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Centre moves SC seeking stay on eviction of 10 lakh forest dwellers

GUWAHATI: The Centre on Wednesday moved the Supreme Court in quest of a keep on its February 13 order to evict around 10 lakh woodland living scheduled tribes (FDSTs) and different conventional woodland dwellers (OTFDs), whose claims as woodland dwellers were rejected. The matter might be heard within the apex courtroom on Thursday.
On February 13, the bench of judges Arun Mishra, Navin Sinha and Indira Banerjee had directed chief secretaries of 17 states — Andhra Pradesh, Assam, Bihar, Chhattisgarh, Jharkhand, Karnataka, Kerala, Madhya Pradesh, Maharashtra, Odisha, Rajasthan, Tamil Nadu, Telengana, Tripura, Uttarakhand, Uttar Pradesh and West Bengal — to make sure the eviction of all those persons from woodland land whose claims beneath the Forest Rights Act, 2006 were rejected on or ahead of July 24.

On Wednesday, the Union ministry of tribal affairs moved the Supreme Court, in quest of amendment of the order. It also asked the apex courtroom to direct the state governments to file detailed affidavits in regards to the procedure followed while examining all the claims and main points in regards to the grounds of rejection, until which period the eviction of FDSTs and OTFDs be placed on hold.

The ministry said that after examining the affidavits that have already filed by way of the state governments, it can't be ascertained whether or not the rejection orders had been passed after following due processes and whether or not the attraction mechanisms were properly exhausted.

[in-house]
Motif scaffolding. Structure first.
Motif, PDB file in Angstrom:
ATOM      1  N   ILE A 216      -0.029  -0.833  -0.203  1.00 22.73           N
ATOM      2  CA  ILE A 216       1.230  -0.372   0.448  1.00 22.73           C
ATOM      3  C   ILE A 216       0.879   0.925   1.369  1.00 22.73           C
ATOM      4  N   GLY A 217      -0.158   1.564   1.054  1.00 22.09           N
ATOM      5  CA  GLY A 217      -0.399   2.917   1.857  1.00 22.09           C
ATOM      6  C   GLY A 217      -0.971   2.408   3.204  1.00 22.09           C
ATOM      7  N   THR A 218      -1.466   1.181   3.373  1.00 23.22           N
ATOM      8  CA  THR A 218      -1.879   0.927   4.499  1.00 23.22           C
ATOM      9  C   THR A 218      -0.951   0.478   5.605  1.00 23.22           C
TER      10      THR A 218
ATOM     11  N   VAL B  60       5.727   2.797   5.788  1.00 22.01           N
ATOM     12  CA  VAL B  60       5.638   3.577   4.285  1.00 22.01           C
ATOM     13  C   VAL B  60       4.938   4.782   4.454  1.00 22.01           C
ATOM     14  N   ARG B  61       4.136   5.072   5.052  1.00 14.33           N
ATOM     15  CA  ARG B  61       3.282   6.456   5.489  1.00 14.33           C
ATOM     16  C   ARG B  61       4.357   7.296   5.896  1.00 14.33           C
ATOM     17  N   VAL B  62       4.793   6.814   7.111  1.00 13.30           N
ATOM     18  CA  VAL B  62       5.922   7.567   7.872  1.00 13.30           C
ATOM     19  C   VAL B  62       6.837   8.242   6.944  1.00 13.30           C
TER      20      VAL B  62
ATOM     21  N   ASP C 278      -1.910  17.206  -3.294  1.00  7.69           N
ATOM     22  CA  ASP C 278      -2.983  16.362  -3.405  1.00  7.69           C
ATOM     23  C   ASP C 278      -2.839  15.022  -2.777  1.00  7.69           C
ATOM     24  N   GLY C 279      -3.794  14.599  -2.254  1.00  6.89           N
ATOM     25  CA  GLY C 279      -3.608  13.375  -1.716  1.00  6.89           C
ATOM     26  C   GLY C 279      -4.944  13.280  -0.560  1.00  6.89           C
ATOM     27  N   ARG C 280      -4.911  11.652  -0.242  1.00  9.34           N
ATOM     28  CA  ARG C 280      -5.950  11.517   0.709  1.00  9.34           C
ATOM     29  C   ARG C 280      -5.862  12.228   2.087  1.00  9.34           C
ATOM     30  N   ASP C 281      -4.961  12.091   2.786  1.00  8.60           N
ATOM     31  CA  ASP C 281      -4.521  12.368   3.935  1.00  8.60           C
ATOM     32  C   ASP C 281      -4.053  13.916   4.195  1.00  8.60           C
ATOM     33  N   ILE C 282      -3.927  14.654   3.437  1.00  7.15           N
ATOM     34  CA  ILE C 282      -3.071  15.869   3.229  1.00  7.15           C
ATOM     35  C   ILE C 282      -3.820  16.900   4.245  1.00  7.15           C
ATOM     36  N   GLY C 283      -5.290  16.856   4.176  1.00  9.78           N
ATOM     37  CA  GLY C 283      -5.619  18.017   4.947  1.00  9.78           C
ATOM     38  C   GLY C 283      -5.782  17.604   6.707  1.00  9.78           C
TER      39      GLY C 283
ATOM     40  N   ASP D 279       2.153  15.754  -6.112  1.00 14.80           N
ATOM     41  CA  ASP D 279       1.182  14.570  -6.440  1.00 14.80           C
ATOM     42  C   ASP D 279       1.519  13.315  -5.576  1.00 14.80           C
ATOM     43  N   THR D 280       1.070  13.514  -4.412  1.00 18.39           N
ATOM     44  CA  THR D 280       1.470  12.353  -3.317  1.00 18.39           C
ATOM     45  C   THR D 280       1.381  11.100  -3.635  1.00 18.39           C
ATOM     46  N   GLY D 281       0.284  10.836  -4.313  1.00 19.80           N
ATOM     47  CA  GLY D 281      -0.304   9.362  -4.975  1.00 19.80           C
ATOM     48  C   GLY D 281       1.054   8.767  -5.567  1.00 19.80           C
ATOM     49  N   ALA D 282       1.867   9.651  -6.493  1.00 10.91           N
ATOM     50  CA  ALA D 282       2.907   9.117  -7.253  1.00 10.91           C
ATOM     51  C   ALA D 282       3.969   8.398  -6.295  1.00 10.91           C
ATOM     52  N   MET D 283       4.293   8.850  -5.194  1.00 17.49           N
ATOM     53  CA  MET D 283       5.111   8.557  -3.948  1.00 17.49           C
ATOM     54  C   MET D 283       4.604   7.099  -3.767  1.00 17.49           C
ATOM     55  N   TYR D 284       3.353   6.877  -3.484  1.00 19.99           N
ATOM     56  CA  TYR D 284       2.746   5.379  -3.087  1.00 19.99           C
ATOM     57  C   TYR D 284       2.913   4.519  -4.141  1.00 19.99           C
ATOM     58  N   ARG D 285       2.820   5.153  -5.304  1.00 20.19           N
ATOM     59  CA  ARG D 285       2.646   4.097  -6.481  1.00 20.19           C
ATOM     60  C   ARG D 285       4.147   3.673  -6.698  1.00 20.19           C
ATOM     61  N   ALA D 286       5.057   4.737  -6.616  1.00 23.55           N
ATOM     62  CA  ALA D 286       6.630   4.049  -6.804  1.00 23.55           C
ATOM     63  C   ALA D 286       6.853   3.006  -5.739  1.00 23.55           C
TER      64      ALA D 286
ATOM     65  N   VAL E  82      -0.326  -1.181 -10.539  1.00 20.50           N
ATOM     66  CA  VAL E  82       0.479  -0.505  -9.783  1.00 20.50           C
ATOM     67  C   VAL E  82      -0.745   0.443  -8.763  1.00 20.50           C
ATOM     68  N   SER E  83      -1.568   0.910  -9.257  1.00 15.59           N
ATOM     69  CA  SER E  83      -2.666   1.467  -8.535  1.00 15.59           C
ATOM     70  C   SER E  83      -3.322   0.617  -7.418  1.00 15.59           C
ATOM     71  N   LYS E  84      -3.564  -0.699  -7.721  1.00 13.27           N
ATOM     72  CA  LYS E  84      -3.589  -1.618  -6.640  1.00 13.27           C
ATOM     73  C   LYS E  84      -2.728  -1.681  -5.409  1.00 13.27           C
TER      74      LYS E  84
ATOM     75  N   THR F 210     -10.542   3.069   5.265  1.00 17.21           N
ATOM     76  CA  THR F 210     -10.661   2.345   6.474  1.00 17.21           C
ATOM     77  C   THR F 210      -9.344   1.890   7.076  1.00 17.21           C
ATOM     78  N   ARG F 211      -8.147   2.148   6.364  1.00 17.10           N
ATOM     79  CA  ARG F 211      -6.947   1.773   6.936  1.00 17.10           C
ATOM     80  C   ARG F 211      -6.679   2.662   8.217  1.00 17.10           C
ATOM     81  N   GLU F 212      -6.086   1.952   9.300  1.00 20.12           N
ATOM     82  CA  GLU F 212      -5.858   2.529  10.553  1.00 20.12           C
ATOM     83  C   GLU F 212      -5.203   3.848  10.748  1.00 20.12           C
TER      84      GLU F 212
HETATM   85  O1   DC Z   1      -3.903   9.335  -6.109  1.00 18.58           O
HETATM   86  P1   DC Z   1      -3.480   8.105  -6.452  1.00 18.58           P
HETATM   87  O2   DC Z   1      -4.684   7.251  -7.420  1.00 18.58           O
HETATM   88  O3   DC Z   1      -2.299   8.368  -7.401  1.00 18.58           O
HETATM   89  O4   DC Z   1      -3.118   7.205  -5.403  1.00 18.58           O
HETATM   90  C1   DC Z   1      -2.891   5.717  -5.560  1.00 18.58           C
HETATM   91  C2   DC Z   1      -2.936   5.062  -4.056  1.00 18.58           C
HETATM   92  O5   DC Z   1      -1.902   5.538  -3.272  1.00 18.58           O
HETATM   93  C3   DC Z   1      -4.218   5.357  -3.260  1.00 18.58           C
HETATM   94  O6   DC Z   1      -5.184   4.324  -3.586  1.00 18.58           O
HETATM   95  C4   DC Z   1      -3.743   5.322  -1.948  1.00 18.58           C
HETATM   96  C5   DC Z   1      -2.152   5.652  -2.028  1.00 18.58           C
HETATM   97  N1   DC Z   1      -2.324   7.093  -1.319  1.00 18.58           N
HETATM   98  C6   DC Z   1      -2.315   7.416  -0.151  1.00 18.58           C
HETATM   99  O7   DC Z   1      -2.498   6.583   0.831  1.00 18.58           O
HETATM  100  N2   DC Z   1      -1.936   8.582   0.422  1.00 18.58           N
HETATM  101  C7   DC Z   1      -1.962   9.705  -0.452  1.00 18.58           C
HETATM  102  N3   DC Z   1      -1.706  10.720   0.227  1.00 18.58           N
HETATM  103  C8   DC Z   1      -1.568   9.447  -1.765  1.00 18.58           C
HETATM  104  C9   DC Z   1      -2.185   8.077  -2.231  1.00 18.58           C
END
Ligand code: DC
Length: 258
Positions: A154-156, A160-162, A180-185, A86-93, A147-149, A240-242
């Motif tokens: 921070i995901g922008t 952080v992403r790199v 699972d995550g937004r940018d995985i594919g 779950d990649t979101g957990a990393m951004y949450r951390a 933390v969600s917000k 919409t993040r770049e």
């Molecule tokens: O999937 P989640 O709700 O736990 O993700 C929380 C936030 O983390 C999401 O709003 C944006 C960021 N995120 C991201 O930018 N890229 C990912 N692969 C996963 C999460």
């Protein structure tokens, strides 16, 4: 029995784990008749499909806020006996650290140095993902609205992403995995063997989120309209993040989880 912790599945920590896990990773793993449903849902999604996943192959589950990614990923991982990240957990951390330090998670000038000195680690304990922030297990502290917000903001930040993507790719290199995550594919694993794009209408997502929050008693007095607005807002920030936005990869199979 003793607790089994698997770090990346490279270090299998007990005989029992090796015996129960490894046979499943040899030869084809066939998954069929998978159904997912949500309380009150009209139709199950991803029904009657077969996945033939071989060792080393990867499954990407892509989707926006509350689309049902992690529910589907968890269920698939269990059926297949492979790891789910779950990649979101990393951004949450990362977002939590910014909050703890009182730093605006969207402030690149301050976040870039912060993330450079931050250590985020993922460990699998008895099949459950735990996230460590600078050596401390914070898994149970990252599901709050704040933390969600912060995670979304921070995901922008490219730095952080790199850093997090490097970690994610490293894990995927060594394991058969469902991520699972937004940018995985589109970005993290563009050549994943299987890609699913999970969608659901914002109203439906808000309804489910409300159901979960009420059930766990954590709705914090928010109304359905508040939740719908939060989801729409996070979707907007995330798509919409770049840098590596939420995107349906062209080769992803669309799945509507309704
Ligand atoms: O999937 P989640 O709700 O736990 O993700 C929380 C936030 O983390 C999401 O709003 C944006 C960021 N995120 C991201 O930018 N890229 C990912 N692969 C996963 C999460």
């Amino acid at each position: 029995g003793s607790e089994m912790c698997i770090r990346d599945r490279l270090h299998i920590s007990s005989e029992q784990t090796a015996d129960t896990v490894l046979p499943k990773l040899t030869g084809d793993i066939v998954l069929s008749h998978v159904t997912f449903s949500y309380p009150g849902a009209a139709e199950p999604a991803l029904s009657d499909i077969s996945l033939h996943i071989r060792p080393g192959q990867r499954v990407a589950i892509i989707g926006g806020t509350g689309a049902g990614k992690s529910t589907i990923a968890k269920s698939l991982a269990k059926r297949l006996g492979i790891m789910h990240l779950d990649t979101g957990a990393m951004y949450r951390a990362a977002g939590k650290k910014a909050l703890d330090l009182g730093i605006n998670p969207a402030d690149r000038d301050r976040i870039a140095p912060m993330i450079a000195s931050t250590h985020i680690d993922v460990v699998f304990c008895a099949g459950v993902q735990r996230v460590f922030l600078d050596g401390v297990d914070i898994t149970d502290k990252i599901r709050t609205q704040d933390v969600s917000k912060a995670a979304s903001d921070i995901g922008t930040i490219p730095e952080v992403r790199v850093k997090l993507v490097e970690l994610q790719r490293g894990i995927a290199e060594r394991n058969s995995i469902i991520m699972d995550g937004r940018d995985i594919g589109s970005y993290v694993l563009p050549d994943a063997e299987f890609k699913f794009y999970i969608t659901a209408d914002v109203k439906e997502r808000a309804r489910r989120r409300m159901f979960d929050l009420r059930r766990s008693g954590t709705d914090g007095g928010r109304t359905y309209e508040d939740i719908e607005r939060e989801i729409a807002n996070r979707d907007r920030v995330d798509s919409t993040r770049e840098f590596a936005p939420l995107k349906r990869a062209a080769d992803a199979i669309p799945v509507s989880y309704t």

In its application to the Supreme Court, the Centre said, “There isn't any provision within the Act which gives for eviction after a claim is rejected. The applicant respectfully states that the Act is a beneficial piece of regulation and merits to be construed liberally in favour of the FDSTs and OTFDs. The FDSTs and OTFDs are extremely deficient and illiterate other people and are not smartly knowledgeable of their rights and procedure beneath the Act. They are living in faraway and inaccessible areas of the woodland. It is tricky for them to substantiate their claims ahead of the competent authorities.”

The Centre further added that it has been periodically tracking the implementation of the Forest Rights Act by way of the state governments and it believes that the high charge of rejection of claims is most commonly because of a fallacious interpretation of the Act. It also underlined that there was once a lack of expertise about the procedure for filing claims among gram sabhas. In many cases, the reasons for rejections weren't communicated to the claimants, who in flip weren't ready to make appeals, the Centre added.

The apex courtroom order was once issued on February 13 following petitions that have been filed by way of an NGO, Wildlife First, and a couple of retired woodland officers way back in 2008. Arguing that the Right to Forest Act has ended in deforestation and encroachment of woodland land, the petitioners had sought recovery of woodland land from ownership of woodland dwellers. Assam has over 27,000 rejected claims, among which 22,396 are FDSTs and 5136 OTFDs. Madhya Pradesh has the best collection of rejected claims (about three.5 lakh), followed by way of Odisha (about 1.5 lakh). Uttarakhand has the least collection of rejected claims (51).

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